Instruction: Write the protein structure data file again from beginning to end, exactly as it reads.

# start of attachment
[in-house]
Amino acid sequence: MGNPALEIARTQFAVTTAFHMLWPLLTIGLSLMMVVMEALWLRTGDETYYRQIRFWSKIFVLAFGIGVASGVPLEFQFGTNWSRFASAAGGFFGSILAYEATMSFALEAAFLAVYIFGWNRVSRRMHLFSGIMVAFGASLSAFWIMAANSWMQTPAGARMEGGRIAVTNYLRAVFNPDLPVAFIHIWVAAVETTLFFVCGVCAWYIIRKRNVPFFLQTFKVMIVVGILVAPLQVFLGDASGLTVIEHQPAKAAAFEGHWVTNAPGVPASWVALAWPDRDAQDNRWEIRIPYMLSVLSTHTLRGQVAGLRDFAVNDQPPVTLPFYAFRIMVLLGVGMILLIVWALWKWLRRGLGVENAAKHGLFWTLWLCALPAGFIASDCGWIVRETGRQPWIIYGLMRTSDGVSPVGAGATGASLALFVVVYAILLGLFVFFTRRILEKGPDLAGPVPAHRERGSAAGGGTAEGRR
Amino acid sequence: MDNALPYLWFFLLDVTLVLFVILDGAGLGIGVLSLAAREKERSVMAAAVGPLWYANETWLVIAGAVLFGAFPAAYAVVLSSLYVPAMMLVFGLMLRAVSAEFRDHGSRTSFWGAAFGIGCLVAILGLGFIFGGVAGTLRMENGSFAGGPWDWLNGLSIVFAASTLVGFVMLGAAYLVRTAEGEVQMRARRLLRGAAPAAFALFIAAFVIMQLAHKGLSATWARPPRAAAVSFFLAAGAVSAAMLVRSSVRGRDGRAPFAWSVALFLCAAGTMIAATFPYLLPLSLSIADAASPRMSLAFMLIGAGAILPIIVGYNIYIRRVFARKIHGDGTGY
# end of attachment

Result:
[in-house]
Amino acid sequence: MGNPALEIARTQFAVTTAFHMLWPLLTIGLSLMMVVMEALWLRTGDETYYRQIRFWSKIFVLAFGIGVASGVPLEFQFGTNWSRFASAAGGFFGSILAYEATMSFALEAAFLAVYIFGWNRVSRRMHLFSGIMVAFGASLSAFWIMAANSWMQTPAGARMEGGRIAVTNYLRAVFNPDLPVAFIHIWVAAVETTLFFVCGVCAWYIIRKRNVPFFLQTFKVMIVVGILVAPLQVFLGDASGLTVIEHQPAKAAAFEGHWVTNAPGVPASWVALAWPDRDAQDNRWEIRIPYMLSVLSTHTLRGQVAGLRDFAVNDQPPVTLPFYAFRIMVLLGVGMILLIVWALWKWLRRGLGVENAAKHGLFWTLWLCALPAGFIASDCGWIVRETGRQPWIIYGLMRTSDGVSPVGAGATGASLALFVVVYAILLGLFVFFTRRILEKGPDLAGPVPAHRERGSAAGGGTAEGRR
Amino acid sequence: MDNALPYLWFFLLDVTLVLFVILDGAGLGIGVLSLAAREKERSVMAAAVGPLWYANETWLVIAGAVLFGAFPAAYAVVLSSLYVPAMMLVFGLMLRAVSAEFRDHGSRTSFWGAAFGIGCLVAILGLGFIFGGVAGTLRMENGSFAGGPWDWLNGLSIVFAASTLVGFVMLGAAYLVRTAEGEVQMRARRLLRGAAPAAFALFIAAFVIMQLAHKGLSATWARPPRAAAVSFFLAAGAVSAAMLVRSSVRGRDGRAPFAWSVALFLCAAGTMIAATFPYLLPLSLSIADAASPRMSLAFMLIGAGAILPIIVGYNIYIRRVFARKIHGDGTGY